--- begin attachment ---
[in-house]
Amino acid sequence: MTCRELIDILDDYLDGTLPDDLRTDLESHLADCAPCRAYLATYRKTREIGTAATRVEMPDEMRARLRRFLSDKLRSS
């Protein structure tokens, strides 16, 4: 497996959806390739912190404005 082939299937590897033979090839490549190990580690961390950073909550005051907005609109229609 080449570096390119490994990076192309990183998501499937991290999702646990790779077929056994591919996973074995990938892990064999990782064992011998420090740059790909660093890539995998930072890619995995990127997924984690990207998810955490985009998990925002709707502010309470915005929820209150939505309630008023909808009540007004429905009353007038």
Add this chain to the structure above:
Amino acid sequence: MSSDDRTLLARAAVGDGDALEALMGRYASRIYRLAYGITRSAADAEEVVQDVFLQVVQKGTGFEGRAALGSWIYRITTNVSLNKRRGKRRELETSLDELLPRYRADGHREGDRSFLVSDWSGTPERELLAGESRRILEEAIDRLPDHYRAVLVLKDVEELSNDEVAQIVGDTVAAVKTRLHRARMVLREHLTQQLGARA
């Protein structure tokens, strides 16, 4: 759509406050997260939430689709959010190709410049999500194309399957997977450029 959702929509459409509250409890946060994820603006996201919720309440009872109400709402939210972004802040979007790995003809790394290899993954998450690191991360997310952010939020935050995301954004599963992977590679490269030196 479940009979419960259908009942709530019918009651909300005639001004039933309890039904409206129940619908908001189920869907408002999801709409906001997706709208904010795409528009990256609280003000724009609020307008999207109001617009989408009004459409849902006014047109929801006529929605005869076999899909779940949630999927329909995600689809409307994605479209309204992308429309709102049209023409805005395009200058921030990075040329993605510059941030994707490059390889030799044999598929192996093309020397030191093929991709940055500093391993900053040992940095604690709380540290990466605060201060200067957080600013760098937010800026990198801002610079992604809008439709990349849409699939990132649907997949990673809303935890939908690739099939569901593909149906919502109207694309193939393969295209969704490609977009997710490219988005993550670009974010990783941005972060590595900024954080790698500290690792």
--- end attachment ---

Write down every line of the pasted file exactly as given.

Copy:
[in-house]
Amino acid sequence: MTCRELIDILDDYLDGTLPDDLRTDLESHLADCAPCRAYLATYRKTREIGTAATRVEMPDEMRARLRRFLSDKLRSS
């Protein structure tokens, strides 16, 4: 497996959806390739912190404005 082939299937590897033979090839490549190990580690961390950073909550005051907005609109229609 080449570096390119490994990076192309990183998501499937991290999702646990790779077929056994591919996973074995990938892990064999990782064992011998420090740059790909660093890539995998930072890619995995990127997924984690990207998810955490985009998990925002709707502010309470915005929820209150939505309630008023909808009540007004429905009353007038």
Add this chain to the structure above:
Amino acid sequence: MSSDDRTLLARAAVGDGDALEALMGRYASRIYRLAYGITRSAADAEEVVQDVFLQVVQKGTGFEGRAALGSWIYRITTNVSLNKRRGKRRELETSLDELLPRYRADGHREGDRSFLVSDWSGTPERELLAGESRRILEEAIDRLPDHYRAVLVLKDVEELSNDEVAQIVGDTVAAVKTRLHRARMVLREHLTQQLGARA
């Protein structure tokens, strides 16, 4: 759509406050997260939430689709959010190709410049999500194309399957997977450029 959702929509459409509250409890946060994820603006996201919720309440009872109400709402939210972004802040979007790995003809790394290899993954998450690191991360997310952010939020935050995301954004599963992977590679490269030196 479940009979419960259908009942709530019918009651909300005639001004039933309890039904409206129940619908908001189920869907408002999801709409906001997706709208904010795409528009990256609280003000724009609020307008999207109001617009989408009004459409849902006014047109929801006529929605005869076999899909779940949630999927329909995600689809409307994605479209309204992308429309709102049209023409805005395009200058921030990075040329993605510059941030994707490059390889030799044999598929192996093309020397030191093929991709940055500093391993900053040992940095604690709380540290990466605060201060200067957080600013760098937010800026990198801002610079992604809008439709990349849409699939990132649907997949990673809303935890939908690739099939569901593909149906919502109207694309193939393969295209969704490609977009997710490219988005993550670009974010990783941005972060590595900024954080790698500290690792």